I’m not too worried about being behind on the bike. In May, I’m cycling up and down the Eastern Sierras and then I’m riding up, down, and around Southern and Central Oregon in late July. Eventually, I will return to summer 2011 form. Last weekend the weather broke for 48 hours and I got out for the first long group ride of 2012. I got dusted on the climbs by people I dusted last summer. Of course they hadn’t run 10 miles beforehand, but still, I realize I can’t replicate the intensity of group rides when I’m soft-pedaling indoors while watching Downton Abbey (that’ll intimidate my competition).
On the plus side of the ledger, I’m doing a better job of embracing a process I’ve long resisted. I’ve made peace with my decision to go long. I’ve always considered iron-distance training and racing a form of lunacy. Here’s why it’s taken me so bloody long to dip my toes in the long-distance waters:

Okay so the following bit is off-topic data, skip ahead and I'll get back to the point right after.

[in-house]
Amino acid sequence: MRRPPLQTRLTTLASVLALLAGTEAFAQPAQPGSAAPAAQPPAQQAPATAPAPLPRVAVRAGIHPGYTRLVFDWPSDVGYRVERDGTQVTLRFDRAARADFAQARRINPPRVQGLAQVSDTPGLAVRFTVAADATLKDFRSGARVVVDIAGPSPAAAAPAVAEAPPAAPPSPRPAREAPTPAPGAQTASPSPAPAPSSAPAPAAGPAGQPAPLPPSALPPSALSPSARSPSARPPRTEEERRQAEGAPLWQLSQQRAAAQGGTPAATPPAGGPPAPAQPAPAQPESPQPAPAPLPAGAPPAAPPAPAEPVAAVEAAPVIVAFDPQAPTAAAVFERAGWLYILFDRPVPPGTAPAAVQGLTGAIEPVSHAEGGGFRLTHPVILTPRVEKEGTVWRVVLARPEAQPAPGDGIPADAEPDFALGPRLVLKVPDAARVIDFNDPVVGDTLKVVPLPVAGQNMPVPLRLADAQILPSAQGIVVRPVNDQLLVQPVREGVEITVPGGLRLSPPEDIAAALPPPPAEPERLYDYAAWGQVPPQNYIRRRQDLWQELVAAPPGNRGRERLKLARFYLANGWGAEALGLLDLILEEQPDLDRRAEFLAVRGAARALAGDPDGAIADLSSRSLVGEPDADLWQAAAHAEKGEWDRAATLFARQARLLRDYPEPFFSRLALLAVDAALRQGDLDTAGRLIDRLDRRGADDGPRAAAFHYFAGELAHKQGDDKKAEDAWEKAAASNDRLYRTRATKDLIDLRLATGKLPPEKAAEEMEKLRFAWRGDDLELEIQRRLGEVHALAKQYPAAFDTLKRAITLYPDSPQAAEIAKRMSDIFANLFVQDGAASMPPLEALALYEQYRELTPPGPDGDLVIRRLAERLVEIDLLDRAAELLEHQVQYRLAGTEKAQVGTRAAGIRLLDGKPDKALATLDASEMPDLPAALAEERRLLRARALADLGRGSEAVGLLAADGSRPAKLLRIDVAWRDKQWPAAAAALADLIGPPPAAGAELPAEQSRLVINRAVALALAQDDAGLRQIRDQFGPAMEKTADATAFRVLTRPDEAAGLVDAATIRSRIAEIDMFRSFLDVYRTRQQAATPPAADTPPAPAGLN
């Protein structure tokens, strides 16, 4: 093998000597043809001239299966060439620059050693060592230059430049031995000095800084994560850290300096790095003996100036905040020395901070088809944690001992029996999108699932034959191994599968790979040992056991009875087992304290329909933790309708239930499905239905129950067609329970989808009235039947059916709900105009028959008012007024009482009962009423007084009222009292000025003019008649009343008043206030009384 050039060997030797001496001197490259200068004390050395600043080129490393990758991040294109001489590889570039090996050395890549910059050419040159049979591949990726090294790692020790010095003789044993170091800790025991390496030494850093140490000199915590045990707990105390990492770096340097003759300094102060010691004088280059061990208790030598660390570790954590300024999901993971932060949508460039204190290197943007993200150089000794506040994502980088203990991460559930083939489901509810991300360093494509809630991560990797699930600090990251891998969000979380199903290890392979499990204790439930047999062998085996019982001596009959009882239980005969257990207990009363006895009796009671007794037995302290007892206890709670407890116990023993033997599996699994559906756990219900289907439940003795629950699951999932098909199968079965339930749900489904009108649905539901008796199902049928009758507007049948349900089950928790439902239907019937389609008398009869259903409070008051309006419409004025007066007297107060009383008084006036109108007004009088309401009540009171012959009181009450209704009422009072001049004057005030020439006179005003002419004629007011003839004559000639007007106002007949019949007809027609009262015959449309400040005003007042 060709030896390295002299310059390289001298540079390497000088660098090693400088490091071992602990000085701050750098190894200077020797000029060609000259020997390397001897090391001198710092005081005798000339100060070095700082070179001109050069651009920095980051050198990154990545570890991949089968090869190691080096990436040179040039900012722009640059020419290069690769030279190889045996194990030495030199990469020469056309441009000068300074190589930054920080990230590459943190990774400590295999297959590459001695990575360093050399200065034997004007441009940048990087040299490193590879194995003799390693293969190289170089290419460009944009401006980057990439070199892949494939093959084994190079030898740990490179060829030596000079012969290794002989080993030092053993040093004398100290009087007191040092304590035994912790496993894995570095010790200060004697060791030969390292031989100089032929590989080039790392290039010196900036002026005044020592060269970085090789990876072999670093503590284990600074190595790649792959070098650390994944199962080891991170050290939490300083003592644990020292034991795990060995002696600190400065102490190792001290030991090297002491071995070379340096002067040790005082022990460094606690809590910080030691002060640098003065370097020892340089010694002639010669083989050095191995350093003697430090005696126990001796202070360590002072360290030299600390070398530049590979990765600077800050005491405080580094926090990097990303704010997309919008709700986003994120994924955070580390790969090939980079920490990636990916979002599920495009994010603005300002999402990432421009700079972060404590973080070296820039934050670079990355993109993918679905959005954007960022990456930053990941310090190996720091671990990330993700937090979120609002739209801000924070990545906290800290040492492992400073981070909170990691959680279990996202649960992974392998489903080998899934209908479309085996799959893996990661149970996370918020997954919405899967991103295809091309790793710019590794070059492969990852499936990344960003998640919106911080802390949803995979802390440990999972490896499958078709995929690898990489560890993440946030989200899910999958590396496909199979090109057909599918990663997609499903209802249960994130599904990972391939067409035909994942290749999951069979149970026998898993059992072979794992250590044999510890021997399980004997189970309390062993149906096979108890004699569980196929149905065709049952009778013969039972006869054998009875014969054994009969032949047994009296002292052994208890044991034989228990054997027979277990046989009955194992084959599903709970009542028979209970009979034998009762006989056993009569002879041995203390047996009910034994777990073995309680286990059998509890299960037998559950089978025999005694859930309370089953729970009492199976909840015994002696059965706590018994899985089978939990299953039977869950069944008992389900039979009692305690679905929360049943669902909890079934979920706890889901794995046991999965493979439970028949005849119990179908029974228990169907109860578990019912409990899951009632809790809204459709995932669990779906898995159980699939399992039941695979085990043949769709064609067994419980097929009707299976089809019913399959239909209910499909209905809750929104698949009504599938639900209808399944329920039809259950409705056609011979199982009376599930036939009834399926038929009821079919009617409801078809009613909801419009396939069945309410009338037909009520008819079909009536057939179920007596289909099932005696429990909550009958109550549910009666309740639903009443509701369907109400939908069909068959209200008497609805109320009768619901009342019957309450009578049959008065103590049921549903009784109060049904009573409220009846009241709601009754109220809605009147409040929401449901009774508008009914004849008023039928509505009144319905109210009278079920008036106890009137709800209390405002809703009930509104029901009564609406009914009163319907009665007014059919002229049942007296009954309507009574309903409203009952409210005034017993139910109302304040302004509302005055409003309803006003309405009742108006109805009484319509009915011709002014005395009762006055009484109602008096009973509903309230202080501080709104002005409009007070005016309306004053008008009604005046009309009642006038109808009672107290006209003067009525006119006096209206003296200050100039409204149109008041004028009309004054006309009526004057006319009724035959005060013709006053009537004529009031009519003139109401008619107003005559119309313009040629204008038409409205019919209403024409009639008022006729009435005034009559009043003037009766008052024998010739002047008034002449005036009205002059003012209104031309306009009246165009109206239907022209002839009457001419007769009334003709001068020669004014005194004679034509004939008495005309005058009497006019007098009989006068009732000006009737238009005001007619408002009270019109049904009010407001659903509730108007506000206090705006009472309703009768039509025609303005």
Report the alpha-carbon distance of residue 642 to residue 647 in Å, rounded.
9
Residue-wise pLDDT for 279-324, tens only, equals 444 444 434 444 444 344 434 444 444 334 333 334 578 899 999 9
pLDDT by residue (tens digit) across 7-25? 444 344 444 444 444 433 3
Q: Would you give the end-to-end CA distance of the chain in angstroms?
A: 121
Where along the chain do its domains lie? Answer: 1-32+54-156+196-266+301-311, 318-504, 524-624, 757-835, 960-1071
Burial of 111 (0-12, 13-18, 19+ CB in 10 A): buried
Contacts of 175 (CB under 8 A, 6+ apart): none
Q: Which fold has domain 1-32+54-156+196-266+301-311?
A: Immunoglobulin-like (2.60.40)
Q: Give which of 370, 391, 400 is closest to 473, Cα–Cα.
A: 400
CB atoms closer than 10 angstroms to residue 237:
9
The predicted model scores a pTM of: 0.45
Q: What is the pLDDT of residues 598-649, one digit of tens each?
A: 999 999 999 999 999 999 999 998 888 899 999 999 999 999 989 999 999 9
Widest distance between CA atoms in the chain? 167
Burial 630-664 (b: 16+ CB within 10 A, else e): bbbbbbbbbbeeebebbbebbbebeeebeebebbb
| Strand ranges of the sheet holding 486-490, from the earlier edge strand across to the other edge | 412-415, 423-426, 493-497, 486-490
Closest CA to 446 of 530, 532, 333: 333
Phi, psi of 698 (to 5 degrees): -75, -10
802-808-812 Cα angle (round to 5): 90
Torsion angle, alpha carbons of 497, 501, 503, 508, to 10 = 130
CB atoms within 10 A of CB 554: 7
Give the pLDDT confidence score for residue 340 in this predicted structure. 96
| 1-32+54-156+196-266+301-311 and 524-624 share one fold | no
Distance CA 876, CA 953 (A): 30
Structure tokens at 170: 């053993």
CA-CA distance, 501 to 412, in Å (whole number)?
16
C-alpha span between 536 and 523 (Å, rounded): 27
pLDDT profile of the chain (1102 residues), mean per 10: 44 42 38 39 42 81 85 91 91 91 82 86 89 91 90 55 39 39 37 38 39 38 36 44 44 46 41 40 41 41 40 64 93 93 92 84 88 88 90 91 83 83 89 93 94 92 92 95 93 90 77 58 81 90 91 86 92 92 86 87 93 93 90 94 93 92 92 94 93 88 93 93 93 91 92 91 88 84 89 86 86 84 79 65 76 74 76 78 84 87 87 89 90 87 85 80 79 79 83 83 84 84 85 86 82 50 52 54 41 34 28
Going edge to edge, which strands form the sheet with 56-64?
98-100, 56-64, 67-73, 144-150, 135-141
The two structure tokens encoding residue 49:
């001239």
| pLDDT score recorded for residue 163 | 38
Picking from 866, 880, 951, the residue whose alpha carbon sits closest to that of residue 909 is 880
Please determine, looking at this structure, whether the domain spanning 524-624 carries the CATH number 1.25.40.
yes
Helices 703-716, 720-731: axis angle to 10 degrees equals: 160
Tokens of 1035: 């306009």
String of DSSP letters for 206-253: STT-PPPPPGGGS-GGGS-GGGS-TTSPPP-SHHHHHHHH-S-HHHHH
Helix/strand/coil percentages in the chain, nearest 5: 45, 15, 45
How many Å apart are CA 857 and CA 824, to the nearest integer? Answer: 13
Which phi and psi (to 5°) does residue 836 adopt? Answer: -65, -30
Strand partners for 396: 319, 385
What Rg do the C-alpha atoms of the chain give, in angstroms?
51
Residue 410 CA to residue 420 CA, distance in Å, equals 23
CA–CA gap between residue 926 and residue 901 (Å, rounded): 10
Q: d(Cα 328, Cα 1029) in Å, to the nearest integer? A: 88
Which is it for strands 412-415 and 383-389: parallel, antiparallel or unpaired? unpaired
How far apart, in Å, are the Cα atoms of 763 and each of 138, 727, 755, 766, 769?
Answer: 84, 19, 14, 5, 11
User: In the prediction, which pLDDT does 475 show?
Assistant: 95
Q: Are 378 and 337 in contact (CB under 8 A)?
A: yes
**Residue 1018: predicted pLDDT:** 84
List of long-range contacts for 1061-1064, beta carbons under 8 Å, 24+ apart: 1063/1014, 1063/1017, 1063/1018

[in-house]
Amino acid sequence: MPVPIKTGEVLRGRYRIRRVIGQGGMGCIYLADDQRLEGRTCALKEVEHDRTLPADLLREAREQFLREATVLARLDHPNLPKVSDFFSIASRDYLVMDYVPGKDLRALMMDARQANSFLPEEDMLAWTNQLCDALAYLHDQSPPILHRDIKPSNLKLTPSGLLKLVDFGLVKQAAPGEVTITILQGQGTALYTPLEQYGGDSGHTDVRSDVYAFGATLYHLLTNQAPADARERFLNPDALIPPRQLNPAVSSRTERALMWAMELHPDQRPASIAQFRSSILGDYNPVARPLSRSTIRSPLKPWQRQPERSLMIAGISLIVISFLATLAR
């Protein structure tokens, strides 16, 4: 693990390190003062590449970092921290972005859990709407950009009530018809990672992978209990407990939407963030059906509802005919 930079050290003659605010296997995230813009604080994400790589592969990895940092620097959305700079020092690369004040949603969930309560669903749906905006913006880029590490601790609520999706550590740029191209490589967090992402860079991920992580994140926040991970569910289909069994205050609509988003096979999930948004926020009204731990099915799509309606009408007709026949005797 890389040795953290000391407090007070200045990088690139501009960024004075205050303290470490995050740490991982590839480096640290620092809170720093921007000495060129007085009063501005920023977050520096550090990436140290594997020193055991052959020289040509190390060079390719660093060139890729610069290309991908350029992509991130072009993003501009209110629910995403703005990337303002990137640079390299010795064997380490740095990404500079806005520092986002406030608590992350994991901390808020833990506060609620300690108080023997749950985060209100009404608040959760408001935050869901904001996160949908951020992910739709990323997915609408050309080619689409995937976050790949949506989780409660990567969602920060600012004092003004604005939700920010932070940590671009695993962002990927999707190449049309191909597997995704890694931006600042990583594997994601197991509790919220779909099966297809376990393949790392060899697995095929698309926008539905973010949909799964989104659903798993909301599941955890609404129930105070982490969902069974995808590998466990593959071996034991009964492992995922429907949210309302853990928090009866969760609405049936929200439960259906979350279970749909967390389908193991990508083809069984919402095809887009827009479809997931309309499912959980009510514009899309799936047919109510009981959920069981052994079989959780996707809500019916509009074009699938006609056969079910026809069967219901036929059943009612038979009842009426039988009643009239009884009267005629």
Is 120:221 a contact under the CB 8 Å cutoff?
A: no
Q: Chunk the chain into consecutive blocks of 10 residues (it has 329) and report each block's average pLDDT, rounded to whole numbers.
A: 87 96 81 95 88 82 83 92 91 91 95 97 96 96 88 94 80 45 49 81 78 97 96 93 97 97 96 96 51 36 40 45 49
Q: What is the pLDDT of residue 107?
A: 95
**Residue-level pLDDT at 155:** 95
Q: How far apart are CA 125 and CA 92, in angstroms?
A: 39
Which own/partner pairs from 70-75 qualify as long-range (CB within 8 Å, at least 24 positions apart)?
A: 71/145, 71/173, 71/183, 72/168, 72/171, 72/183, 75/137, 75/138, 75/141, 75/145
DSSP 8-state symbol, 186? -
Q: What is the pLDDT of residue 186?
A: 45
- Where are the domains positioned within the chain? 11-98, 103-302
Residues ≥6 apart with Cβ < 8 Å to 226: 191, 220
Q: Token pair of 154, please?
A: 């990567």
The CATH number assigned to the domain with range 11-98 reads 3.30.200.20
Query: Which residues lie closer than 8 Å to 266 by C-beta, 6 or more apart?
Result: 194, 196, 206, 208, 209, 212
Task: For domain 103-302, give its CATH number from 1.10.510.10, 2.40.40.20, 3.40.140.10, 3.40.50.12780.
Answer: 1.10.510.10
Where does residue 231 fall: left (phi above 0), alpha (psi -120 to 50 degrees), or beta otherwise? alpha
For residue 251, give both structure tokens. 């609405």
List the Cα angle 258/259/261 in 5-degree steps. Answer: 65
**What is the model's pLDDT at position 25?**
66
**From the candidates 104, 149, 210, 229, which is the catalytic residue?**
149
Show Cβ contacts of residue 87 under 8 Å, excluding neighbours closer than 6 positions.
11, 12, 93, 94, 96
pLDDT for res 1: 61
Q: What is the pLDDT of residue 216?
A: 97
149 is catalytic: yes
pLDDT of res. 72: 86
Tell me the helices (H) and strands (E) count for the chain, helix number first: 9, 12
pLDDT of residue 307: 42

1) Long-distance triathlon training and racing confounds one of my more important life goals—to maintain balance between sleep, work, family, friendship, citizenship.
2) Long-distance triathlon has become a big business and participating in it confounds another goal—resisting mindless consumerism. For me, the incessant in-your-face advertising that accompanies the increasing commercialization of the sport takes away from the beautiful settings and the purity of the activity. Go ahead and call me inconsistent, but I acknowledge the benefits of capitalism while simultaneously disliking the conspicuous advertising that is integral to it.